The Indian government is reportedly moving ahead with the procurement of six additional Boeing AH-64E Apache heavy attack helicopters from the United States, an Indian government source told local media this month.
The Indian government has purportedly issued a so-called Letter of Request (LOR) to the U.S. government for buying six AH-64E gunships. The LOR is the first official step in the U.S. government-to-government procurement process under the Pentagon’s Foreign Military Sales (FMS) program, overseen by the U.S. Defense Security Cooperation Agency.
“The LoR was issued recently and now the U.S. has to respond with a Letter of Acceptance (LOA) to take the Apache deal forward,” the source told the Hindustan Times. The Defense Acquisition Council, the Indian Ministry of Defense’s principal procurement body, headed by the defense minister, approved the purchase in August 2017. The LOA is expected in the next six months.Enjoying this article? Click here to subscribe for full access. Just $5 a month.
The six AH-64E Apache helicopter gunships are reportedly slated for delivery in 2020 after the completion of an initial order placed in 2015 for 22 AH-64Es and 15 CH-47F Chinook heavy-lift helicopters for the Indian Air Force (IAF). The six additional helicopters, however, are intended for service in the Indian Army’s Aviation Corps (AAC).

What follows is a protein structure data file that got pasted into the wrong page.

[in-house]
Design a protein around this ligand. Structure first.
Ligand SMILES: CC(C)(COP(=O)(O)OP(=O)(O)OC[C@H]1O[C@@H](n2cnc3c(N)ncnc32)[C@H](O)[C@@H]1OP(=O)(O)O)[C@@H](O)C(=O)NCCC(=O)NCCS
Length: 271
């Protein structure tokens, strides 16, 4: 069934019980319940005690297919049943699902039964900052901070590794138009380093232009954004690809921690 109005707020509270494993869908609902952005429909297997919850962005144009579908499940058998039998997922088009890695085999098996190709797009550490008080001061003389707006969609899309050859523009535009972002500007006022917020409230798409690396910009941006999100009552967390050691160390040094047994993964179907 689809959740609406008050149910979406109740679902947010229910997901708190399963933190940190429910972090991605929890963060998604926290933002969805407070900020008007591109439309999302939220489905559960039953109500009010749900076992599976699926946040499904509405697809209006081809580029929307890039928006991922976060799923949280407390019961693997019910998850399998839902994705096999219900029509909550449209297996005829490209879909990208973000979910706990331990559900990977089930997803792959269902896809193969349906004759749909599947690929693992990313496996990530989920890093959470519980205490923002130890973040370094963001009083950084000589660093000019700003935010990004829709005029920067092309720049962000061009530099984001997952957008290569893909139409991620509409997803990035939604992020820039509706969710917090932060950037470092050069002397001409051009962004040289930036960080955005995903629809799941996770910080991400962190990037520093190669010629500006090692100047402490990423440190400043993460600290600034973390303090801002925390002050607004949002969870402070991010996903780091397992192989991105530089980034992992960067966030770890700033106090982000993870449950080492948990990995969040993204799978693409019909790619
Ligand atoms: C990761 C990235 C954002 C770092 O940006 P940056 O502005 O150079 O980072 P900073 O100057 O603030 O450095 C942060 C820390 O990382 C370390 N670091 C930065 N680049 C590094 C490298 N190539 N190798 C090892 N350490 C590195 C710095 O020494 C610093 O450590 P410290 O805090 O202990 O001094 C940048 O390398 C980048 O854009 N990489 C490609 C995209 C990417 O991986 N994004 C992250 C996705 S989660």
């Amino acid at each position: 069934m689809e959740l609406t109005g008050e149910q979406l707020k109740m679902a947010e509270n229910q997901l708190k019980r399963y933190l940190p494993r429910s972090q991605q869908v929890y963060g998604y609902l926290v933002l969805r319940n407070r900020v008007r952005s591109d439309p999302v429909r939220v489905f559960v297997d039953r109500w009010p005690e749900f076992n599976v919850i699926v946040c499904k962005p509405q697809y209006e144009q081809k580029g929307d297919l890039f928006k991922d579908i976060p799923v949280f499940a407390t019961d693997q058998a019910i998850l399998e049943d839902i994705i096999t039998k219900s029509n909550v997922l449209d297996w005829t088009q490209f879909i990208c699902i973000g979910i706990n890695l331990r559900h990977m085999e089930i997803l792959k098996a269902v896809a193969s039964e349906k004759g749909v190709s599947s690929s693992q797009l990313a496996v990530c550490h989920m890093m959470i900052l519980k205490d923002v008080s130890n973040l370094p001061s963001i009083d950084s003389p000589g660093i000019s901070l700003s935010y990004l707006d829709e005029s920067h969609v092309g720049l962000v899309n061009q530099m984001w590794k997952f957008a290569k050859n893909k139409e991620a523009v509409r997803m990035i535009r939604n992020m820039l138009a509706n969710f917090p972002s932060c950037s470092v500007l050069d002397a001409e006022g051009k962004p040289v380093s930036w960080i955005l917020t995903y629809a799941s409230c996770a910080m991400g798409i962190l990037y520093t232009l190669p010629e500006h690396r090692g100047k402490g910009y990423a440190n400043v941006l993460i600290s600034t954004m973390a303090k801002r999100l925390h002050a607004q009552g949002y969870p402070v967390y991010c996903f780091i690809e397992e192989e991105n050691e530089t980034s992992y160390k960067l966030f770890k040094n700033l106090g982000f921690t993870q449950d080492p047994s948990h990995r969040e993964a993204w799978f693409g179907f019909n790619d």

It is likely that the government-t0-government deal will be concluded relatively quickly.
The 2015 contract contained a clause for a follow-on option of 11 extra Apaches and seven Chinooks at a fixed price that was agreed upon in 2013. The purchase of AH-64E attack helicopters has showcased deep interservice rivalry between the AAC and IAF, as I explained last year:
For a number of years, the Indian Army has been engaged in a tug of war with the Indian Air Force over who should operate this future fleet of Apache gunships. The Army initially asked for the gunships to be inducted into its ranks, or for the Air Force to at least share the helicopters with the ground forces. The Air Force, however, rejected both proposals.
Furthermore, I reported:
[T]he prolonged negotiations over the initial batch of 22 Apache helicopters are partially to blame for the interservice rivalry. In 2012, then Indian National Security Advisor Shankar Menon decided that any new attack helicopters procured would go the Army. The Air Force, however, countered that it had already begun the acquisition process in 2012. Following extensive field trials, the Indian Air Force selected the Apache gunship and the Chinook helicopter in 2009.
The AAC is now slated to operate its separate AH-64E helicopter squadron, although it is unlikely that this will subdue interservice rivalry in the long run. In total, the AAC intends to procure 39 AH-64E helicopters divided up into three squadrons stationed along the India-China and India-Pakistan borders to deter armored incursions.